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Poor health contributing to digital divide among older Singaporeans

September 15, 2020

Increasingly, everyday activities and services are shifting online, making the ability to use the internet an essential skill. The current COVID-19 pandemic has further highlighted the importance of digital connectivity, especially for older and vulnerable adults, for their continued contact with family and friends. Digital Ambassadors, a Singapore Government initiative to ensure all Singaporeans have access to the fundamental digital tools, helps older adults learn how to use technological tools.

Analysing data from almost 4,000 older Singaporeans who took part in a national survey conducted by Duke-NUS' Centre for Ageing Research & Education (CARE) in 2016-2017, the team found that one in 15 respondents had difficulties using the internet because of poor health. And 57 per cent did not use the internet because of other reasons.

"Our findings suggest that health-related difficulties are relevant in understanding the digital divide between the young and the old. Concurrent with optimising the health of older persons, policymakers should consider supporting research and development into assistive technology and design aimed at helping older internet users overcome health-related difficulty in internet use," said Assistant Professor Rahul Malhotra, Head of Research of Duke-NUS' CARE. Asst Prof Malhotra is also a faculty at the Duke-NUS' Health Services and Systems Research Programme.

The study, which was published in The Gerontologist, found that those who were male, were less educated, and those who had limitations in instrumental activities of daily living such as using the phone and doing housework, were more likely to face challenges in using internet due to poor health. The team also found that those of higher age, females, with less education, and residing in low-income housing were more likely to not use the internet for non-health-related reasons.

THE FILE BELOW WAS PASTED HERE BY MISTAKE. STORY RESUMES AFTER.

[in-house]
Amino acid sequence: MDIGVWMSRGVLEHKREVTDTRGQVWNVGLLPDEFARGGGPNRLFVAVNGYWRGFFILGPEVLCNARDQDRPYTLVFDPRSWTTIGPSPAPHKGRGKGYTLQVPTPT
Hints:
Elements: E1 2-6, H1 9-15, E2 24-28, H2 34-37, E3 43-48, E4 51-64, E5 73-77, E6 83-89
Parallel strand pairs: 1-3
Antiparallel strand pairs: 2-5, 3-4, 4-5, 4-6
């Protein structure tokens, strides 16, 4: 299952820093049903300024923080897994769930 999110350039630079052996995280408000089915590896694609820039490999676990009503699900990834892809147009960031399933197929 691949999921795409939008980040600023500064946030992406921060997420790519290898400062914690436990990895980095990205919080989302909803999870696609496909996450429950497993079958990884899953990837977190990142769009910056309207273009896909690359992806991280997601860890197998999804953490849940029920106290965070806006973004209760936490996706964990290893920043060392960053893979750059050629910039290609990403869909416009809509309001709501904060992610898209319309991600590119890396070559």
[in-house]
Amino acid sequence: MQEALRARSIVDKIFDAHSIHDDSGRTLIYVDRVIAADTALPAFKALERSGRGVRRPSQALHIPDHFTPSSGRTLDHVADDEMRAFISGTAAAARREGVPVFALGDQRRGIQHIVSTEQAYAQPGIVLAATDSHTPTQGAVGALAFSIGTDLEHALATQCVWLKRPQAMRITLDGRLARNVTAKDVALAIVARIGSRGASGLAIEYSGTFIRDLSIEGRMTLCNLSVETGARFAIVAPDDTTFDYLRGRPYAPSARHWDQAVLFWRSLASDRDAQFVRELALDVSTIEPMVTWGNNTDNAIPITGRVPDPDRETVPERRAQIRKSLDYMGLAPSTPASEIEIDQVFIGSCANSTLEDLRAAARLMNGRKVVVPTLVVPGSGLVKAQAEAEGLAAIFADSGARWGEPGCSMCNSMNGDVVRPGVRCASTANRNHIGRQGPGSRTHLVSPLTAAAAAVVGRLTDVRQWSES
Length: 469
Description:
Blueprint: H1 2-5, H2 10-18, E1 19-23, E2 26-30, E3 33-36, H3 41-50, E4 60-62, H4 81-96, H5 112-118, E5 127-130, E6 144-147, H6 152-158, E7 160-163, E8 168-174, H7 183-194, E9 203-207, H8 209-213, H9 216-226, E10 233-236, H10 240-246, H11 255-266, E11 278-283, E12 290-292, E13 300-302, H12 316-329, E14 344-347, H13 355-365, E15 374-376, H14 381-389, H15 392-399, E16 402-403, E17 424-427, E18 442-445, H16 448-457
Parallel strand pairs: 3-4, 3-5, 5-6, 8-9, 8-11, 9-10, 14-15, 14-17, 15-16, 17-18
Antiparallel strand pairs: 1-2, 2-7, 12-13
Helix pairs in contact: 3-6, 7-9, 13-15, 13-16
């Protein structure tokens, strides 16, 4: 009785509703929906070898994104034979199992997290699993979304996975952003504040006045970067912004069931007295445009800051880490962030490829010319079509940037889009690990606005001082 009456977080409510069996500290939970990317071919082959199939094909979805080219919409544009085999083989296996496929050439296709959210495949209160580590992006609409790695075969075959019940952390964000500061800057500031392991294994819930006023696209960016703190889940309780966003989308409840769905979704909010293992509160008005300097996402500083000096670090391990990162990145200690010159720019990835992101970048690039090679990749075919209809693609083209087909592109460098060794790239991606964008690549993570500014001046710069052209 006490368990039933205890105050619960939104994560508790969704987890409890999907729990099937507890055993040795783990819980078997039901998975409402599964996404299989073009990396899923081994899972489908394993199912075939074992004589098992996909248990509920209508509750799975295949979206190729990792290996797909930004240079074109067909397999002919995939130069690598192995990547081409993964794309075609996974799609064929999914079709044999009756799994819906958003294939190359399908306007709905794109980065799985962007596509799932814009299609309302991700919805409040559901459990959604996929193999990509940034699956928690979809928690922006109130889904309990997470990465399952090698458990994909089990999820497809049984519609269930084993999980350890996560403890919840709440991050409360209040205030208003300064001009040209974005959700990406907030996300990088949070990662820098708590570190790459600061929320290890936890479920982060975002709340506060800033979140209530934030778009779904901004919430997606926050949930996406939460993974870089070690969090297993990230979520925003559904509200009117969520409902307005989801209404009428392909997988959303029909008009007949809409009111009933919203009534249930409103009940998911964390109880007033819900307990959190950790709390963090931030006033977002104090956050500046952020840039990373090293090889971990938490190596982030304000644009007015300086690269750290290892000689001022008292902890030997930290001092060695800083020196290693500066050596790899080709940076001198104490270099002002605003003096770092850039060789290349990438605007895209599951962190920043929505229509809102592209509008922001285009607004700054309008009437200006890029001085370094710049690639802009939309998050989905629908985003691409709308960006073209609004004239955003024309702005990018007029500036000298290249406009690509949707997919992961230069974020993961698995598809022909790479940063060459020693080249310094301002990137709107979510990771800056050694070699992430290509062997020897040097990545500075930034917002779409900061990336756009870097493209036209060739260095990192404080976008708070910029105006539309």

"In this study, we were not able to identify the specific obstacles faced by those not using the internet for non-health-related reasons. But hurdles such as the lack of digital literacy and the cost of devices and internet service provision likely play a role," said Asst Prof Malhotra.

A particularly concerning finding of the study, relevant in the current time when safe distancing is a new norm for preventing the spread of COVID-19 infections, was that health-related difficulties in internet use created additional barriers to online communication between older adults and their family and friends, and poor social connections and support. Cumulatively, this resulted in a lower quality of life for older adults.

"Health-related difficulties in using the internet matter, because it means that teaching digital skills and offering cheap internet access to seniors may not fully address the digital divide. Online communication tools are thought to benefit seniors with physical limitations, since it does not require travel. Unfortunately for some seniors, health issues stand in the way of even their internet use. Providing social support to these older adults through non-digital means thus remains key, even as we work towards identifying and minimising health-related difficulties in internet use," said Assistant Professor Shannon Ang, from Sociology, NTU Singapore.

"Singapore is addressing ageing as a prioritised national agenda by studying trends and implications, and recommending solutions. This collaborative study on the ability of the elderly to use the internet shows that it is imperative to help older adults who rely on the internet to stay socially connected, which will aid in their ability to maintain a high overall quality of life as they age," said Professor Patrick Casey, Senior Vice-Dean for Research at Duke-NUS.

In future work, the research team plans to gain a deeper understanding of the specific health problems that directly lead to difficulty in internet use among older adults. These may include poor vision and loss of fine motor skills.

The data is from the Transitions in Health, Employment, Social engagement and Inter-Generational transfers in Singapore Study, Wave 1 (THE SIGNS Study-I), a large population-based survey of older Singaporeans conducted in 2016-2017, by Duke-NUS' CARE with support from the Ministry of Health, Singapore.
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Duke-NUS Medical School

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